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Search Photos
The Gateway to Astronaut Photography of Earth hosts the best and most complete online collection of astronaut photographs of the Earth from 1961 through the present. Found below are several different methods to search through our database.

Search by Geographical Feature

If you have a particular feature in mind, use the "Search by Geographical Feature" tool to enter the feature name. Search with a city name, geological feature (mountain, volcano, ocean), or other similar features. You may also narrow down your search by specifying the region of the feature of interest. If you have further filtering needs, expand the "Advanced Search Options" section to narrow your search.

in*
Include in search:





Camera Tilt:*



Cloud Cover:*












*Selection of this item will restrict results to cataloged photos.

Search Using I4 Tool

The ISS Instrument Integration Interface (I4) is a powerful tool integrating data from the Crew Earth Observations, Hyperspectral Imager for the Coastal Ocean, and the Sally Ride EarthKAM. This data can be searched through the interactive map or via the text based search. All data records point back to the original data provider whenever possible so you can get the original data products.

Use the I4 search tool.

Search by Map Area

Use the map below to search for an image within a defined area. If you know the area you would like to search, simply pan around in the map to find it. If you need to search for a city or place name, use the search box at the top of the map to help you locate the area. Once you have found the area, click in the map to draw your search box. You may increase or decrease the size of the box and move the search box by clicking and dragging. Once you have defined your search box, click "Search Images in Drawn Box on Map".



Search Using Other Methods

The two search options below are more advanced, and for the user that has specific criteria in mind when searching through the astronaut photography database.
Search using NASA Photo IDs (List of missions)
Choose a filter (optional)
Both all cataloged and not cataloged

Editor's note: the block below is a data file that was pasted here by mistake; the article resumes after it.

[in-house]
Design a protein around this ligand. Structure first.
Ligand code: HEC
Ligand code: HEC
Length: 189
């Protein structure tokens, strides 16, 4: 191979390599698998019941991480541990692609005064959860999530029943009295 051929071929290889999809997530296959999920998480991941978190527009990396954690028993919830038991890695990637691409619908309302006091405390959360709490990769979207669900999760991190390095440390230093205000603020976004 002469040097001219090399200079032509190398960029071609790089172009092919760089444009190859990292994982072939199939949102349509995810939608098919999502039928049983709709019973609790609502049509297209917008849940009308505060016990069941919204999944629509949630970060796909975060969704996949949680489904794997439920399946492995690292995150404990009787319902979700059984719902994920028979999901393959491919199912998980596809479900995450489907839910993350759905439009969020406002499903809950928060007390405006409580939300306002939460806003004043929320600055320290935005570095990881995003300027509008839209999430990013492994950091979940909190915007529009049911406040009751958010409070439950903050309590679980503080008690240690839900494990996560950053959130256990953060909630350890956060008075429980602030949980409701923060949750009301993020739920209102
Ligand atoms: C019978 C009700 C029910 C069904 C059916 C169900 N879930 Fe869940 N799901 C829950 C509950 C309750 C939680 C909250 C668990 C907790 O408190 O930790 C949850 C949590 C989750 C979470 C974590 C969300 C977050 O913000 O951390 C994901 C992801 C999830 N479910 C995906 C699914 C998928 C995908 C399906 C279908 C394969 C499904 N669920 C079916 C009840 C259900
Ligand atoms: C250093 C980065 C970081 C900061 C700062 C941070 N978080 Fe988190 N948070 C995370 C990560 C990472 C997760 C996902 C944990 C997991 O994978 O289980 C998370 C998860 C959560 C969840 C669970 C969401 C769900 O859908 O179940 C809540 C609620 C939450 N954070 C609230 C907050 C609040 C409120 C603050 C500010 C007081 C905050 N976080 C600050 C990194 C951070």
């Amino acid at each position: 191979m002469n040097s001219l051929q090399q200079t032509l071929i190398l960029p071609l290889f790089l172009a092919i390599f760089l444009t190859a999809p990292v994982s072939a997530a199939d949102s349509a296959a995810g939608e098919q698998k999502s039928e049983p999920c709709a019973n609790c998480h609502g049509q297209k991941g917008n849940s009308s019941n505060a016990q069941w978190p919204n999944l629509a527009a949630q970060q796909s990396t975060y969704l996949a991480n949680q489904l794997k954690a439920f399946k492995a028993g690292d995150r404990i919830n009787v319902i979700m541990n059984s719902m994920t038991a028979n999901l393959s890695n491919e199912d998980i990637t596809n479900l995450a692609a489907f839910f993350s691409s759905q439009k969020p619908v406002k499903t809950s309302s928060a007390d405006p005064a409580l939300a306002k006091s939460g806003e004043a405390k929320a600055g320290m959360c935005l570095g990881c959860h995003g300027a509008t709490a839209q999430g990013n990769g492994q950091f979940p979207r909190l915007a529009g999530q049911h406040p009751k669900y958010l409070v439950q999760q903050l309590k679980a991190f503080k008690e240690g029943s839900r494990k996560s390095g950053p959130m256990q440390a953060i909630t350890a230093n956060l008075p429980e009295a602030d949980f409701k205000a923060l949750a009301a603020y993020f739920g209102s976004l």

Cataloged with center point
Cataloged without a center point
Not cataloged
Has a caption
Enter one or several NASA IDs in Mission-Roll-Frame format e.g. ISS039-E-12345, separated by line breaks and/or spaces, no more than 100. You can specify frame ranges by using Mission-Roll-Frame1-Frame2 e.g. ISS039-E-1000-2000. You can specify all frames for a roll by leaving off the frame part e.g. STS110-740. You can specify all images in a mission by leaving off the roll and frame portions of the ID e.g. ISS001. You can find a list of missions at this link and in the selection list for the map on this page.

Only list frames for the specified mission(s) in each database table. The options above and any rolls and frames used in the search box are ignored when using this option.
Display frame numbers using ranges. Display frame numbers individually. These only apply if the Only list... checkbox is checked.

Using this search feature allows you to search database for astronaut photography that has not yet been cataloged. When an image is cataloged, the image center point is identified with a latitude and longitude, along with features seen in the photograph and a percentage of cloud cover. While there is a large portion of our database that is cataloged, there is also a portion that has not yet been cataloged.

There are several ways to use this search feature. You may search by one or several of the options below to narrow down your search. The more data fields you fill in, the more specific your search will be.


Insert mission number with ISS at beginning of query. For example, searching for Expedition 40 will be "ISS040". A List of missions is at this link and in the selection list for the map on this page.


If the start date is filled in and the end date is left blank, then only photos on the start date will be returned.



Both start and end times must be filled in if either is filled in.




The sun elevation angles can be negative numbers, which will result in nighttime imagery.